Tag Archives: Islay whisky

Whisky for Girls-page-001
Mar. 07.

WHISKY AS MEDICINE in the Realm of Women

Barley in glass & Heather (426x640)

WHISKY AS MEDICINE in the realm of women
For cleaning wounds
For removing ticks
Hot toddie for cold
For toothache
In baby’s milk to soothe
To warm one up
For shock
Mum used to give me whisky in my coffee after walking the dog on a winters morning.
Consumption of distilled spirits gradually lost its association with spiritual symbolism and medical treatment and instead became a public health issue as abuse of spirits (often of dubious quality) became rampant.
Nevertheless, reverence for fine spirits has endured as a testament to their ancient origins and mysterious powers.
Whisky as medicine # Laphroaig as medicine ~ natural soporific ~ my Grandmother always had dram at night.
Connection to baptism by fire. Gnostic Christian Cults. Spirits could preserve human flesh – seemed to confirm notion that they could confer long life and immortality when drunk.

Slàinte!

We use the phrase Slàinte Mhath! (Good Health) when we toast each other with a dram. Charles MacLean tells that one does not use the toast Slàinte Mhath! unless one is drinking sprit. It is too powerful for association with beer. Or lesser alcohols.

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Whisky for Girls-page-001
Mar. 27.

Whisky Marketing is so off piste..d

There are two types of people, Buyers & Drinkers. They are  emphatically NOT the same thing ~ although, like a good conundrum, they CAN be the same thing!

The marketing demographic for the new whisky drinker is the 28 year old, uber cool, hipster type. Probably with a beard, maybe with a cagoule…. and that’s just the girls….

The problem here is that this dude doesn’t BUY much whisky…. this character just drinks it. 

 This character is found at whisky festivals making the most of drinking not buying. Any whisky they do buy is on supermarket special, then, having it on show to impress, they are unlikey to share.  The bottle will last for eternity. 

There are two type of buyers ~ the buyers of GLASSES of whisky in bar, and the buyers of  BOTTLES. Some people are both. The hipster buys a good dram for themself  in a bar, to show off ~ they do not buy a round. But they will only buy one. The rest of the time they drink what others buy them.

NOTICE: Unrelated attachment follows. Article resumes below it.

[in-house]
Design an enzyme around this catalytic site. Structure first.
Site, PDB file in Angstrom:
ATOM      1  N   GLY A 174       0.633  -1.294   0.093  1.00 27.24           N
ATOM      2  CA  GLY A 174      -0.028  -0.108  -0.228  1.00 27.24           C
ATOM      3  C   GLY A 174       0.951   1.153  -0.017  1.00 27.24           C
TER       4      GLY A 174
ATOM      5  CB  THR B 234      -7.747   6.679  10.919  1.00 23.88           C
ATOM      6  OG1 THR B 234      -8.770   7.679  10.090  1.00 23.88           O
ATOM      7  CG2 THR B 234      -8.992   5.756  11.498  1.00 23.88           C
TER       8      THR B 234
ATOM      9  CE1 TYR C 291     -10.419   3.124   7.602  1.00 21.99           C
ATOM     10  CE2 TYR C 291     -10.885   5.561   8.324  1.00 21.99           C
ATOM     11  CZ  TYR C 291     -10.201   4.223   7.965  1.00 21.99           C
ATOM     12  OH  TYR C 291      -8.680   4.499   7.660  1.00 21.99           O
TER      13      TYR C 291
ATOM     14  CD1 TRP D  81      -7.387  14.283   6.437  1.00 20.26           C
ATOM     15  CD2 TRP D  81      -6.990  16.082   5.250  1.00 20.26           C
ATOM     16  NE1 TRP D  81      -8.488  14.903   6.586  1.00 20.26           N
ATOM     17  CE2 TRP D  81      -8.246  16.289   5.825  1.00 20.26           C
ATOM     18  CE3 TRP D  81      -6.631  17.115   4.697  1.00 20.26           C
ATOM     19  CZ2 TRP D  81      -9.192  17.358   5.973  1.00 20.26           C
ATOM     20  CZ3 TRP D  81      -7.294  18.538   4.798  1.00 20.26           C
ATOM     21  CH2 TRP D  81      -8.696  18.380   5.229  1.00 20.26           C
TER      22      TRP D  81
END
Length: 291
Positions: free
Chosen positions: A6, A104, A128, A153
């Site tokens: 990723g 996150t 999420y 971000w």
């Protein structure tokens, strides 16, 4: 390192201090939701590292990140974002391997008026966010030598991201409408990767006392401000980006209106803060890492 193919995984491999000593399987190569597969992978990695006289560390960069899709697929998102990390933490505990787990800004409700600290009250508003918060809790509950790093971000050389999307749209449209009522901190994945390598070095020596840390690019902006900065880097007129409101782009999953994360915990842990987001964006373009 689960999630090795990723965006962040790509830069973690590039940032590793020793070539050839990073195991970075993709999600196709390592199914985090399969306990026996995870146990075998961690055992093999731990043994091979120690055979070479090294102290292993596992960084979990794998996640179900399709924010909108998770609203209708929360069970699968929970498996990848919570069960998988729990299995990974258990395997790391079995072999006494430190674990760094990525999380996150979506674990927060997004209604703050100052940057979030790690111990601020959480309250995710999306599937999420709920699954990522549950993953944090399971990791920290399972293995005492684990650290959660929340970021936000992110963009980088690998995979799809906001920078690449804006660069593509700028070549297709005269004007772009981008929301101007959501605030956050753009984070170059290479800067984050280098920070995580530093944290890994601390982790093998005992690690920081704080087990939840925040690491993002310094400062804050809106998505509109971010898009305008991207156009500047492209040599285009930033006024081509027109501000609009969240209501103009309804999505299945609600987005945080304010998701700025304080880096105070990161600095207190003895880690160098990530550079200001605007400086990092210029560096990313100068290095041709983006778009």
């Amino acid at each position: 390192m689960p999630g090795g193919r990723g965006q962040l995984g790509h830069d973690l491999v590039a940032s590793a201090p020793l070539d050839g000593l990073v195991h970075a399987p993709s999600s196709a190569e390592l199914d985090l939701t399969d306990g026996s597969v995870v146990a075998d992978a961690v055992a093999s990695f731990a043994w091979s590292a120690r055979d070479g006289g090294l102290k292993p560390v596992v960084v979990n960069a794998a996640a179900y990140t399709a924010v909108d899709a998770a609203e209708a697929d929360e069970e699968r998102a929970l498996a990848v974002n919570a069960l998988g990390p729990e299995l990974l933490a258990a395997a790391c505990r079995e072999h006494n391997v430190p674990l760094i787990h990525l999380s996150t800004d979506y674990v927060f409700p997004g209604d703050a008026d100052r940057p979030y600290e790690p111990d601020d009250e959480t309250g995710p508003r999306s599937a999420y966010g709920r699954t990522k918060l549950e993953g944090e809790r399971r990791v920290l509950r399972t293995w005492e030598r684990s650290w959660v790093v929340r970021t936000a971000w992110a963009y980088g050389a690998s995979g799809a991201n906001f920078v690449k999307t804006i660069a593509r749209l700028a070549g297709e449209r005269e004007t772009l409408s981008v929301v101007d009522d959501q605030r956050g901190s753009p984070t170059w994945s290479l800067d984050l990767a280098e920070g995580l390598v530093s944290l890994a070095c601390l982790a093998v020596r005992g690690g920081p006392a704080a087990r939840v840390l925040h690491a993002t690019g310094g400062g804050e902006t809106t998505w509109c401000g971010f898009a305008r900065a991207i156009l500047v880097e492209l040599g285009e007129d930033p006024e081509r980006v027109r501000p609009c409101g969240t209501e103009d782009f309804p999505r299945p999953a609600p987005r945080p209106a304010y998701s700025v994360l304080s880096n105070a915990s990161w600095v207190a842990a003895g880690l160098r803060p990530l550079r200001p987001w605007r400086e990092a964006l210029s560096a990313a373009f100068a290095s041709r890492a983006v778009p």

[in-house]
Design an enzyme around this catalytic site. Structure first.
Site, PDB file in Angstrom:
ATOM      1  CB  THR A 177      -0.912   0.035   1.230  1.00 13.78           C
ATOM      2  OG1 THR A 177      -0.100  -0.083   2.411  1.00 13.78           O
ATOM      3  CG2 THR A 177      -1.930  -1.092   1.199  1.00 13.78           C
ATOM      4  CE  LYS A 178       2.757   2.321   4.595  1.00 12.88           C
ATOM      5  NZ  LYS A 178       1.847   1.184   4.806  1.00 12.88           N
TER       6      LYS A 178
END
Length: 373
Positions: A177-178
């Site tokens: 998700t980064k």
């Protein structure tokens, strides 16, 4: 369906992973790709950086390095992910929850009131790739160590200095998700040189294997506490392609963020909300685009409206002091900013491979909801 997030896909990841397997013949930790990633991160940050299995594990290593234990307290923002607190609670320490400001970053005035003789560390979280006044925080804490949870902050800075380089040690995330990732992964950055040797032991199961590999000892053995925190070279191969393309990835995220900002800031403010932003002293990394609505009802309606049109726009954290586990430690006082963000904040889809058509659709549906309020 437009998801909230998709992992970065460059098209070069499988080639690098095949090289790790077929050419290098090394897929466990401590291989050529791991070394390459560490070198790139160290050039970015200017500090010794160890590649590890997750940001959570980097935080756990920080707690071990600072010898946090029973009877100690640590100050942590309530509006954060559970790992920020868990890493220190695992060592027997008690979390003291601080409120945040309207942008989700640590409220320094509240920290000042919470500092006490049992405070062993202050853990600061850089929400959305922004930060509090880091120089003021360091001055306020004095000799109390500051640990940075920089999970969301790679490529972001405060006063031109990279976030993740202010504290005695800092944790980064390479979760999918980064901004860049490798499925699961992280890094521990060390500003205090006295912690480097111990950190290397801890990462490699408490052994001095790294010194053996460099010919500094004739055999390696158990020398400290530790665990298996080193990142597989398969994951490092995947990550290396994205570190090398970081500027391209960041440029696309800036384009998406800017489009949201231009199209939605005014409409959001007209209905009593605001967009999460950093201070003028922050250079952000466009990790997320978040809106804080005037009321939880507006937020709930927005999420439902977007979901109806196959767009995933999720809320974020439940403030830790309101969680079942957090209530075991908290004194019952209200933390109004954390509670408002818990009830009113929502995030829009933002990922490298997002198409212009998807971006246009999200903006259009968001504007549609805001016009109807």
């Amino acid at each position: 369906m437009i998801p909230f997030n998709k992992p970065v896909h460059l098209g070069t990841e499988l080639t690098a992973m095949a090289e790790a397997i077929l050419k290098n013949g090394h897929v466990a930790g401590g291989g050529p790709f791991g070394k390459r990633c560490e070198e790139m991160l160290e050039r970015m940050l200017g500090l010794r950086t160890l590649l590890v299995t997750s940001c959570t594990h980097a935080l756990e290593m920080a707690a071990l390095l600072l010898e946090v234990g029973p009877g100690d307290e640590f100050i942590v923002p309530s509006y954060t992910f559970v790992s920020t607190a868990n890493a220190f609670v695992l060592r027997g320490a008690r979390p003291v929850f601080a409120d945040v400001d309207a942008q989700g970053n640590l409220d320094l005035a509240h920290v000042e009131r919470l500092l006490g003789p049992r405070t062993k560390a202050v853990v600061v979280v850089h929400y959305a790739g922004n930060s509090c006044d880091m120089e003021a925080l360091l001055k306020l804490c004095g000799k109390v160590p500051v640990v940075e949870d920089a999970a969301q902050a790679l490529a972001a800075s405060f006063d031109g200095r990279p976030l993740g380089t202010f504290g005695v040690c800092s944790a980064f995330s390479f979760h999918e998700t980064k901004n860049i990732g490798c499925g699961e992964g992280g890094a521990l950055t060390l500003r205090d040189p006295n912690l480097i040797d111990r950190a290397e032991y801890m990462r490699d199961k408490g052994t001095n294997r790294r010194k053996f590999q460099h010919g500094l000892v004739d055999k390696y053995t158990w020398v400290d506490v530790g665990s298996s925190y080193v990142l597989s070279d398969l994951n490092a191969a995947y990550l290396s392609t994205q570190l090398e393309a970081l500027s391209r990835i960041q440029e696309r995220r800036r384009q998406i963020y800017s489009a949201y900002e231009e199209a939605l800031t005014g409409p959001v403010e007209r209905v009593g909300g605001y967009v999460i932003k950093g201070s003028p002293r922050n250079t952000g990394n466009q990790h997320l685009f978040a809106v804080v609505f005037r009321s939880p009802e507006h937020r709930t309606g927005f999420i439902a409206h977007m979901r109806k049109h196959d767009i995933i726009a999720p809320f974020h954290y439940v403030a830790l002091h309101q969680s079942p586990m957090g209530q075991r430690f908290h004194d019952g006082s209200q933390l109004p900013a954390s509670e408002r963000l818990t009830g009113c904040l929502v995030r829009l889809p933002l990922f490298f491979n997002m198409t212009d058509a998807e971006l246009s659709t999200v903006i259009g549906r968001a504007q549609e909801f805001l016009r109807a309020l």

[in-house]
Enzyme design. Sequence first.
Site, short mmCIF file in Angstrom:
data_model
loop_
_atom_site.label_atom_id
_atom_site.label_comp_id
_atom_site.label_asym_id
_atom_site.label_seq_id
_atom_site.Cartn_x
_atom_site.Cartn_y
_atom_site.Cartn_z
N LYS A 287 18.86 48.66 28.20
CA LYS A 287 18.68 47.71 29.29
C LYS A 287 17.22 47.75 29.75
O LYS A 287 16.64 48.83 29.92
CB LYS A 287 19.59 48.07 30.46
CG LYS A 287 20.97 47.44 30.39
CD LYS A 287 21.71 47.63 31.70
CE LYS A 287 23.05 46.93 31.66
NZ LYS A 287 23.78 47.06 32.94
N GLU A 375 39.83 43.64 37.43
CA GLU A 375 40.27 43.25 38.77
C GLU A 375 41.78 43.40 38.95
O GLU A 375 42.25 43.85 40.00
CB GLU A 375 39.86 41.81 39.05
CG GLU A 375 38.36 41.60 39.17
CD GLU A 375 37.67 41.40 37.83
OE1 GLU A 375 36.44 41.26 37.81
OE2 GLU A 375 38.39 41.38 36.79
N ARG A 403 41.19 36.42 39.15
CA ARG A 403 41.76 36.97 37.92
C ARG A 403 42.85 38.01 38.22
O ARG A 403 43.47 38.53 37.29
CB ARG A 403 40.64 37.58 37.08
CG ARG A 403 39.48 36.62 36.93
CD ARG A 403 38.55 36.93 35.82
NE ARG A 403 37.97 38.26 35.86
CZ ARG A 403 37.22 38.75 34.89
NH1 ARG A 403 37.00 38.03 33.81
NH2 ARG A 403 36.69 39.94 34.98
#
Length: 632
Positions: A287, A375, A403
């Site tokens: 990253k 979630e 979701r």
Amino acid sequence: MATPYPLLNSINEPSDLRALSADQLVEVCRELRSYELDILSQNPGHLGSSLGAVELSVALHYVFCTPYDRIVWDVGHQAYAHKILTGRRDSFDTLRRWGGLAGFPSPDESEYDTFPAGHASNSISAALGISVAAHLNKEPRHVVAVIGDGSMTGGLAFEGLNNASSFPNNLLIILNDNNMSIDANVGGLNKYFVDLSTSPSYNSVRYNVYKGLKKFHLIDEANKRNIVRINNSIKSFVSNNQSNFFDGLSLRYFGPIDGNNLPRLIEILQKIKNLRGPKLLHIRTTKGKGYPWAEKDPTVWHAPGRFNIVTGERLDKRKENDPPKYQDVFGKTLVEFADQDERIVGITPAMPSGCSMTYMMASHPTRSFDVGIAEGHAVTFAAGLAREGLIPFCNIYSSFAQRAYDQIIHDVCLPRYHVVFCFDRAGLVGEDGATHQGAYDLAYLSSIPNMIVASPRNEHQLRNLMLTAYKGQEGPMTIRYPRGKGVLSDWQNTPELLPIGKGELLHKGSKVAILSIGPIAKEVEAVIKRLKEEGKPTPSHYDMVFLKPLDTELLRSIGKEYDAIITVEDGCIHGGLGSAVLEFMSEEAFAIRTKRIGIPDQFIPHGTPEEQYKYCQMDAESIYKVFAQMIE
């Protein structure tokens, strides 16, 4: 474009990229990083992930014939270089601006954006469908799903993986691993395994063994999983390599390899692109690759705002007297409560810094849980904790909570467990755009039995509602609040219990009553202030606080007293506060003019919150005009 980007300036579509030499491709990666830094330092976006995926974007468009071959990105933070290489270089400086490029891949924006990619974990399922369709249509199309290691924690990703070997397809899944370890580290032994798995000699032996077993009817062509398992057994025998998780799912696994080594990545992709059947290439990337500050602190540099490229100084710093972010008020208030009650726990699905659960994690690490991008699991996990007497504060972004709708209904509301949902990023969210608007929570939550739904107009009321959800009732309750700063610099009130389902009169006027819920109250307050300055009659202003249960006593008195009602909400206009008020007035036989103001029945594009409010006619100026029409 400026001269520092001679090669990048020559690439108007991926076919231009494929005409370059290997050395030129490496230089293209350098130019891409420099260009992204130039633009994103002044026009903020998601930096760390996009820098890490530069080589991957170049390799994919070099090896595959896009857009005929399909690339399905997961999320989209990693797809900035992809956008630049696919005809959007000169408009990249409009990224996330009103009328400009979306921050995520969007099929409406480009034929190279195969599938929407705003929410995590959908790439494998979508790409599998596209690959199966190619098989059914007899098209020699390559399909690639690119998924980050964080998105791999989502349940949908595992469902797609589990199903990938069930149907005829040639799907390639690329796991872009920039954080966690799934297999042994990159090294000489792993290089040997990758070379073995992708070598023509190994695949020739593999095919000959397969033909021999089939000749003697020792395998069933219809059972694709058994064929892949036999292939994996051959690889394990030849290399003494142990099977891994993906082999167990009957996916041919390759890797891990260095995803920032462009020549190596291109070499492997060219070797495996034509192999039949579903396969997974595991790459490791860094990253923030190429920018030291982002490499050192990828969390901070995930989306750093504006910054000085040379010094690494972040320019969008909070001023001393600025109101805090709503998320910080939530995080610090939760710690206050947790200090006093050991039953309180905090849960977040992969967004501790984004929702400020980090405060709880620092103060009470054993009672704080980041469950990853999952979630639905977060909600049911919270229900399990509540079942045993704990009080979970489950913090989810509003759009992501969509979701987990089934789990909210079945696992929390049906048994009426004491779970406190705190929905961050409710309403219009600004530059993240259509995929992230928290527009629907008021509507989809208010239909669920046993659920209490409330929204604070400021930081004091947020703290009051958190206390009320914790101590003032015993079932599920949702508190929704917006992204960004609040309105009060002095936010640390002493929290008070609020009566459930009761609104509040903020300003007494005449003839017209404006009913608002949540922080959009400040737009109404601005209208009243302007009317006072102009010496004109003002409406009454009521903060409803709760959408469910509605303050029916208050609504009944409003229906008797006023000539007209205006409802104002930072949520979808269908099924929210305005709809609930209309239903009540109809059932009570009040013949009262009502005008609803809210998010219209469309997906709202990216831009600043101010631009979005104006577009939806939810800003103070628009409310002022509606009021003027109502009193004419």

So, if the marketing demographic are not buying whisky; who IS buying it?

JOE and JOLEEN BLOGS BUY WHISKY.

 They are the buyers and the hipster is the drinker. Yet the marketing objectives target the hipster……?

Same thing upon visiting distilleries. Hipster tours distilleries on the £6 tour. If any whisky is bought it is by whoever has taken them to the distillery with money from their parents.  The people on the expensive tours are not the hipsters. The people on the expensive tours are Joe & Joleen. But who cares for them?

The drinkers are the ones who fill in questionaires, they want attention, they want to be heard. These people are NOT the buyers. Not in the main. The buyers are the ones who come to the distilleries. The drinkers are too mean – Unless it is a festival, then they are there for the freebies. The buyers very seldom fill in market research or forms etc as they are far too busy living life and making money, so they can afford to buy whisky.

The buyers are an overlooked positivity. 

The thinking behind marketing to the hipsters is probably to capture their interests and they will stay loyal, and when they can afford to, they will buy the whisky to which they are loyal. 

Nope, doesn’t work. The hipster is too mean to be loyal. And by the time they can afford to buy whisky there is something new in fashion and as they are a hipster ~ albeit an old one, they want to be seen drinkng whatever is in fashion.

Loyalty with whisky buying is not the same psychology as loyalty in car buying.  A way to develop loyalty is to invoke emotion, invoke a feeling of belonging.  If you do this, people will turn to you, in the same way people will turn to an old friend.

So, what needs to be done is the whisky must be personalised. This cannot be done in isolation. A whisky needs a host. 

The host can be a place, or a person. For example, John Campbell is Laphroaig’s Host. He takes Laphroaig out into the world. People connect with him. They form friendships. Back home, Laphroaig Distillery itself is the Host ~ (and also, David Adams!) The buildings, the location, the friendliness of the staff , all these things act as ‘HOST’.

 Laphroaig have a very loyal following because there are different layers to connect to Laphroaig. Laphroaig do the hipster thing, but they humanise it and connect with the hipster’s family… because after all, they are the ones who buy the whisky the hipster drinks…

The only way to succeed is to share and connect with Joe and Joleen Blogs on a human level. Glasgow Distillery are great at this, they have Liam Hughes. He is the Host. People can’t yet visit Glasgow Distillery, but already people are bonded to it because Liam HIMSELF affords them a ‘place’ to connect to emotionally.